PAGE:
Escaping the Nazis

German Jewish refugee children arriving in Harwich, England, December 2, 1938.

German Jewish refugee children arriving in
Harwich, England, December 2, 1938.

Courtesy of the United States Holocaust
Memorial Museum
.
Youth aliya participants pose in front of the Horev boarding school in Palestine.

Youth aliya participants pose in front of the Horev
boarding school in Palestine.

Courtesy of the United States Holocaust
Memorial Museum
.
Identification card for Henry Birnbrey, a Jewish German Refugee child who came to the United States as party of the One Thousand Children program.

Identification card for
Henry Birnbrey, a Jewish
German refugee child who
came to the United States as
part of the One Thousand
Children program.

When Adolf Hitler became chancellor of Germany, state-sanctioned violence directed at Jews became commonplace. The result was that thousands of German Jews fled Germany during the first few months of the new regime. The numbers of Jewish refugees increased each year as German antisemitic legislation became harsher and as more of Europe fell under Nazi control. However, once World War II began on September 1, 1939, it became increasingly difficult for Jews to find sanctuary in Europe. Going into hiding or leaving the continent altogether became the best options for survival.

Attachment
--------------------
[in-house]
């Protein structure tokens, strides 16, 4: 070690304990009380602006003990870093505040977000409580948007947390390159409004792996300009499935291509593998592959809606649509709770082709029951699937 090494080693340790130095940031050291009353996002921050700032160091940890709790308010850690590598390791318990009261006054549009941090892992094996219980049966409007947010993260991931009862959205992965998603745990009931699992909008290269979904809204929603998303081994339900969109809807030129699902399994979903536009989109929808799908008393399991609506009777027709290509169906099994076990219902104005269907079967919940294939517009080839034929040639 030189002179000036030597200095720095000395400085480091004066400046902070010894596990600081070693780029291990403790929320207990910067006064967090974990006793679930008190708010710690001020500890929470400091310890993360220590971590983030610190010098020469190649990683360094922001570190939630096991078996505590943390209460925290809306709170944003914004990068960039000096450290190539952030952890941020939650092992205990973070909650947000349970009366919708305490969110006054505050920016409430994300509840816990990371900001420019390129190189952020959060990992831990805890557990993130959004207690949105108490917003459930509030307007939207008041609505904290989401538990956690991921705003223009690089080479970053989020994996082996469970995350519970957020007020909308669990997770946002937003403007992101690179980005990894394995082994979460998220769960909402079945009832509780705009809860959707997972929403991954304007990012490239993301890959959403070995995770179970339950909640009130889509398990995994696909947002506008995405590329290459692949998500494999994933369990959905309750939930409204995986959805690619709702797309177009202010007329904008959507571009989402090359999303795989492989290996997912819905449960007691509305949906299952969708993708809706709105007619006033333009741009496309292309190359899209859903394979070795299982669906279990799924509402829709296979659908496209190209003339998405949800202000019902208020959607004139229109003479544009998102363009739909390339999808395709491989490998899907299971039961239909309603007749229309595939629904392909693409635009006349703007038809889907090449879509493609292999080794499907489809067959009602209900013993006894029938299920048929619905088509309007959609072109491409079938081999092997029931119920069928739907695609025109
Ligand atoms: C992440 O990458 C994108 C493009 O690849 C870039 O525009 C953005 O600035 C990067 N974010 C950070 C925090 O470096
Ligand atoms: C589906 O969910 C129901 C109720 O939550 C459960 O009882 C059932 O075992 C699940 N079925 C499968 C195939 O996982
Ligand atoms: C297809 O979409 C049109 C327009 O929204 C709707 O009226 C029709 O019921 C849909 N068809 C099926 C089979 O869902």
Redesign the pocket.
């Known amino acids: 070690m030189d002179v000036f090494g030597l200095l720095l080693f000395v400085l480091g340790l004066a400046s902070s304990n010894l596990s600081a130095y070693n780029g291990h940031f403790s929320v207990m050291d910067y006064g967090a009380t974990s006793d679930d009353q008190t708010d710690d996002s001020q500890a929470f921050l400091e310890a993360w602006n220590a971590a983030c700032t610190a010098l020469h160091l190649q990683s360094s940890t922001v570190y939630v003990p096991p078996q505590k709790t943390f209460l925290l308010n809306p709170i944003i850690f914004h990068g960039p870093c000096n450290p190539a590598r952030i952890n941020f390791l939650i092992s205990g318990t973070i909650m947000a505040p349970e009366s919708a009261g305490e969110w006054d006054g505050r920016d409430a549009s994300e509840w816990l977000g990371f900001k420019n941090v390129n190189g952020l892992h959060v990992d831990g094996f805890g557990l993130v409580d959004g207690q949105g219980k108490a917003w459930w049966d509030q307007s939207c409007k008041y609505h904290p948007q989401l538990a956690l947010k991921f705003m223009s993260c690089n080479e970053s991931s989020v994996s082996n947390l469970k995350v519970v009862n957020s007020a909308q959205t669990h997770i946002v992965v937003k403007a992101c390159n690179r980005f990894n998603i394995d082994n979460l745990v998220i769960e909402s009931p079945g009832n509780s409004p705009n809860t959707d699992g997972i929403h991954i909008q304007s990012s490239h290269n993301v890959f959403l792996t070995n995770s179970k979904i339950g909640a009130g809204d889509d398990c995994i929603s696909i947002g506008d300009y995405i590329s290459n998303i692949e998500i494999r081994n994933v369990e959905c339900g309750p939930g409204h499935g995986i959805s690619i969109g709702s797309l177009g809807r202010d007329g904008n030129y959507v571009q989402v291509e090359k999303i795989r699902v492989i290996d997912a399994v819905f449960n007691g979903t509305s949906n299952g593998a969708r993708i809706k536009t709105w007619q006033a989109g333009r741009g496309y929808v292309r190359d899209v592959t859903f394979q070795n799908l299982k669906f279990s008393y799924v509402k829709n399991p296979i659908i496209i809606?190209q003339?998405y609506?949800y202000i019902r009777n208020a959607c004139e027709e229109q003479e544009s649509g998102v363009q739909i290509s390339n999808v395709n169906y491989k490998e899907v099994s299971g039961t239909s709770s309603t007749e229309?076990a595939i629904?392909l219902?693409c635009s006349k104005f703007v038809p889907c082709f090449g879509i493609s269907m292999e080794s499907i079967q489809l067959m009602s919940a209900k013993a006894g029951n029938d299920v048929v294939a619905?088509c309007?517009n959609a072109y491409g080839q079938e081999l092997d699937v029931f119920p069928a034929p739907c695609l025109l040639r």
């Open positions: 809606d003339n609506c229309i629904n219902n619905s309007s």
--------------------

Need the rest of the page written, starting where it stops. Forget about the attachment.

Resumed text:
While the majority of German Jewish children who fled Europe were accompanied by a parent, there were other cases in which they were alone. For example, Sonnert and Horton state that between 25,000 and 30,000 German Jewish children under the age of sixteen came to the United States between 1933 and 1945 (these figures include those from Austria). Of these children, about 1,100 were classified as unaccompanied minors. Although some unaccompanied minors travelled with siblings, most were by themselves. Because of the difficulties involved in immigrating, many parents applied for visas for their children before themselves to ensure that their offspring would escape. This section will discuss three programs in which unaccompanied German Jewish minors immigrated to other countries: the Kindertransport (Great Britain), One Thousand Children (the United States), and Youth Aliya (British Mandate Palestine).

Works Cited

Sonnert, Gerhard and Holton, Gerald. What Happened to the Children Who Fled Nazi Persecution? New York: Palgrave Macmillan, 2006.